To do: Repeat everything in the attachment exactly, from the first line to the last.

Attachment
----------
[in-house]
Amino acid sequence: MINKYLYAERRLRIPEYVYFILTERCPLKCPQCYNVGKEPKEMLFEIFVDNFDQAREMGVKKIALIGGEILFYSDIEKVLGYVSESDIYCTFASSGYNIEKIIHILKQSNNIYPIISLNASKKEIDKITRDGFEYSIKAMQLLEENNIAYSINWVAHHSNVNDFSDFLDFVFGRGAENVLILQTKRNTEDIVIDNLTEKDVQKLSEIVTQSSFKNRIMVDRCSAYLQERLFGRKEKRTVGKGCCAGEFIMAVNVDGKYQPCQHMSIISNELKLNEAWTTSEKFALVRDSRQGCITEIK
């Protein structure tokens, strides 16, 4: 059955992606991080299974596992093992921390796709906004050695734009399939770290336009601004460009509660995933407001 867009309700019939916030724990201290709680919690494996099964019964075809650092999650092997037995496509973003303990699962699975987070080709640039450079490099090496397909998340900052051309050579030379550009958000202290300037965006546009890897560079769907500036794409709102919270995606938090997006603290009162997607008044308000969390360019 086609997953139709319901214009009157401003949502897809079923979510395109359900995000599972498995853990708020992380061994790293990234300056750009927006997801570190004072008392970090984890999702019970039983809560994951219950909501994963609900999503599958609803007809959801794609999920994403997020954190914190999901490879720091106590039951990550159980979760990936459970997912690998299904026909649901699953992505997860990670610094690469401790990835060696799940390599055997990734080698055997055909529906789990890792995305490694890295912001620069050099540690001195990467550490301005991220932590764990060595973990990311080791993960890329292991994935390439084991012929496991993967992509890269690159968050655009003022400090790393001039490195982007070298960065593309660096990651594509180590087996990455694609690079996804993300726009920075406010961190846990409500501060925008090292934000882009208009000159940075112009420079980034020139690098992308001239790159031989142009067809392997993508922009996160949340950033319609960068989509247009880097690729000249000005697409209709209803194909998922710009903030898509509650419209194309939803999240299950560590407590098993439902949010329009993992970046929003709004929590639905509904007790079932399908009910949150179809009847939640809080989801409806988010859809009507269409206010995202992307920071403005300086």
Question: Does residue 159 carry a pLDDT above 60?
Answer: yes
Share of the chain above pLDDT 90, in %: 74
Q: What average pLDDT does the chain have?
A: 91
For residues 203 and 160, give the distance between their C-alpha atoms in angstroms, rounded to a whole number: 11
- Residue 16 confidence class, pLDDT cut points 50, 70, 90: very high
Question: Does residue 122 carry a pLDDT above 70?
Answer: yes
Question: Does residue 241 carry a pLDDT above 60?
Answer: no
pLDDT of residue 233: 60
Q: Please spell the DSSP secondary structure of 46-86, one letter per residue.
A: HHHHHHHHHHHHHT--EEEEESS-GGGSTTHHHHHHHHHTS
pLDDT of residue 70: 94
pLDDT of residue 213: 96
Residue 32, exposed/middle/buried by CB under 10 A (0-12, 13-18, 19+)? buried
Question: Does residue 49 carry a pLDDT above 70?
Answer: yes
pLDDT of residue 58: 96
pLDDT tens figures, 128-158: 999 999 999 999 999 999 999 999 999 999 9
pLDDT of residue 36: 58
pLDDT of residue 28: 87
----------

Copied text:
[in-house]
Amino acid sequence: MINKYLYAERRLRIPEYVYFILTERCPLKCPQCYNVGKEPKEMLFEIFVDNFDQAREMGVKKIALIGGEILFYSDIEKVLGYVSESDIYCTFASSGYNIEKIIHILKQSNNIYPIISLNASKKEIDKITRDGFEYSIKAMQLLEENNIAYSINWVAHHSNVNDFSDFLDFVFGRGAENVLILQTKRNTEDIVIDNLTEKDVQKLSEIVTQSSFKNRIMVDRCSAYLQERLFGRKEKRTVGKGCCAGEFIMAVNVDGKYQPCQHMSIISNELKLNEAWTTSEKFALVRDSRQGCITEIK
């Protein structure tokens, strides 16, 4: 059955992606991080299974596992093992921390796709906004050695734009399939770290336009601004460009509660995933407001 867009309700019939916030724990201290709680919690494996099964019964075809650092999650092997037995496509973003303990699962699975987070080709640039450079490099090496397909998340900052051309050579030379550009958000202290300037965006546009890897560079769907500036794409709102919270995606938090997006603290009162997607008044308000969390360019 086609997953139709319901214009009157401003949502897809079923979510395109359900995000599972498995853990708020992380061994790293990234300056750009927006997801570190004072008392970090984890999702019970039983809560994951219950909501994963609900999503599958609803007809959801794609999920994403997020954190914190999901490879720091106590039951990550159980979760990936459970997912690998299904026909649901699953992505997860990670610094690469401790990835060696799940390599055997990734080698055997055909529906789990890792995305490694890295912001620069050099540690001195990467550490301005991220932590764990060595973990990311080791993960890329292991994935390439084991012929496991993967992509890269690159968050655009003022400090790393001039490195982007070298960065593309660096990651594509180590087996990455694609690079996804993300726009920075406010961190846990409500501060925008090292934000882009208009000159940075112009420079980034020139690098992308001239790159031989142009067809392997993508922009996160949340950033319609960068989509247009880097690729000249000005697409209709209803194909998922710009903030898509509650419209194309939803999240299950560590407590098993439902949010329009993992970046929003709004929590639905509904007790079932399908009910949150179809009847939640809080989801409806988010859809009507269409206010995202992307920071403005300086």
Question: Does residue 159 carry a pLDDT above 60?
Answer: yes
Share of the chain above pLDDT 90, in %: 74
Q: What average pLDDT does the chain have?
A: 91
For residues 203 and 160, give the distance between their C-alpha atoms in angstroms, rounded to a whole number: 11
- Residue 16 confidence class, pLDDT cut points 50, 70, 90: very high
Question: Does residue 122 carry a pLDDT above 70?
Answer: yes
Question: Does residue 241 carry a pLDDT above 60?
Answer: no
pLDDT of residue 233: 60
Q: Please spell the DSSP secondary structure of 46-86, one letter per residue.
A: HHHHHHHHHHHHHT--EEEEESS-GGGSTTHHHHHHHHHTS
pLDDT of residue 70: 94
pLDDT of residue 213: 96
Residue 32, exposed/middle/buried by CB under 10 A (0-12, 13-18, 19+)? buried
Question: Does residue 49 carry a pLDDT above 70?
Answer: yes
pLDDT of residue 58: 96
pLDDT tens figures, 128-158: 999 999 999 999 999 999 999 999 999 999 9
pLDDT of residue 36: 58
pLDDT of residue 28: 87